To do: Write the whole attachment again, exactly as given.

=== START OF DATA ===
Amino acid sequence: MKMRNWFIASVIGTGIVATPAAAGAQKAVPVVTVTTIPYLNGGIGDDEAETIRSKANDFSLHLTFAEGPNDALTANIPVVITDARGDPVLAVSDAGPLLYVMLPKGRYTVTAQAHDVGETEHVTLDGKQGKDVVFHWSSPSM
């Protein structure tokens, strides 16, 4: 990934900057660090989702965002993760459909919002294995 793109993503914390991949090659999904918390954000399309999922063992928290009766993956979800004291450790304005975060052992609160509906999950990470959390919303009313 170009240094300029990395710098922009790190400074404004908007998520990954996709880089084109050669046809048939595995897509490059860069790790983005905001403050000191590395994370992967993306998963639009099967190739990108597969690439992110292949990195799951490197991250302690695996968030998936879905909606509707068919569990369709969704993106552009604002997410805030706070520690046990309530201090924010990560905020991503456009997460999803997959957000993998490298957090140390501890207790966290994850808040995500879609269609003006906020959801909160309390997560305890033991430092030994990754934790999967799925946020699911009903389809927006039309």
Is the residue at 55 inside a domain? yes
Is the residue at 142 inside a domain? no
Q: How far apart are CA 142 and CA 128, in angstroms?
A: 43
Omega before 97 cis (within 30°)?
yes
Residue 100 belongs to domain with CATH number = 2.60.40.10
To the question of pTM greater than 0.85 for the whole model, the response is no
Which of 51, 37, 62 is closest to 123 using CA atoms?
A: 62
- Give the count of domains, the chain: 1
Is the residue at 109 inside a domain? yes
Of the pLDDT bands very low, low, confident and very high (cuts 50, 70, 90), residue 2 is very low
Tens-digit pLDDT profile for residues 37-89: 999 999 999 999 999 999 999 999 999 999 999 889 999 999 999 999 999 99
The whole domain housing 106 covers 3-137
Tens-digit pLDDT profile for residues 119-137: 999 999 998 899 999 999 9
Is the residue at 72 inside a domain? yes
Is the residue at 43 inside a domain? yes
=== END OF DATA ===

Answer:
Amino acid sequence: MKMRNWFIASVIGTGIVATPAAAGAQKAVPVVTVTTIPYLNGGIGDDEAETIRSKANDFSLHLTFAEGPNDALTANIPVVITDARGDPVLAVSDAGPLLYVMLPKGRYTVTAQAHDVGETEHVTLDGKQGKDVVFHWSSPSM
């Protein structure tokens, strides 16, 4: 990934900057660090989702965002993760459909919002294995 793109993503914390991949090659999904918390954000399309999922063992928290009766993956979800004291450790304005975060052992609160509906999950990470959390919303009313 170009240094300029990395710098922009790190400074404004908007998520990954996709880089084109050669046809048939595995897509490059860069790790983005905001403050000191590395994370992967993306998963639009099967190739990108597969690439992110292949990195799951490197991250302690695996968030998936879905909606509707068919569990369709969704993106552009604002997410805030706070520690046990309530201090924010990560905020991503456009997460999803997959957000993998490298957090140390501890207790966290994850808040995500879609269609003006906020959801909160309390997560305890033991430092030994990754934790999967799925946020699911009903389809927006039309």
Is the residue at 55 inside a domain? yes
Is the residue at 142 inside a domain? no
Q: How far apart are CA 142 and CA 128, in angstroms?
A: 43
Omega before 97 cis (within 30°)?
yes
Residue 100 belongs to domain with CATH number = 2.60.40.10
To the question of pTM greater than 0.85 for the whole model, the response is no
Which of 51, 37, 62 is closest to 123 using CA atoms?
A: 62
- Give the count of domains, the chain: 1
Is the residue at 109 inside a domain? yes
Of the pLDDT bands very low, low, confident and very high (cuts 50, 70, 90), residue 2 is very low
Tens-digit pLDDT profile for residues 37-89: 999 999 999 999 999 999 999 999 999 999 999 889 999 999 999 999 999 99
The whole domain housing 106 covers 3-137
Tens-digit pLDDT profile for residues 119-137: 999 999 998 899 999 999 9
Is the residue at 72 inside a domain? yes
Is the residue at 43 inside a domain? yes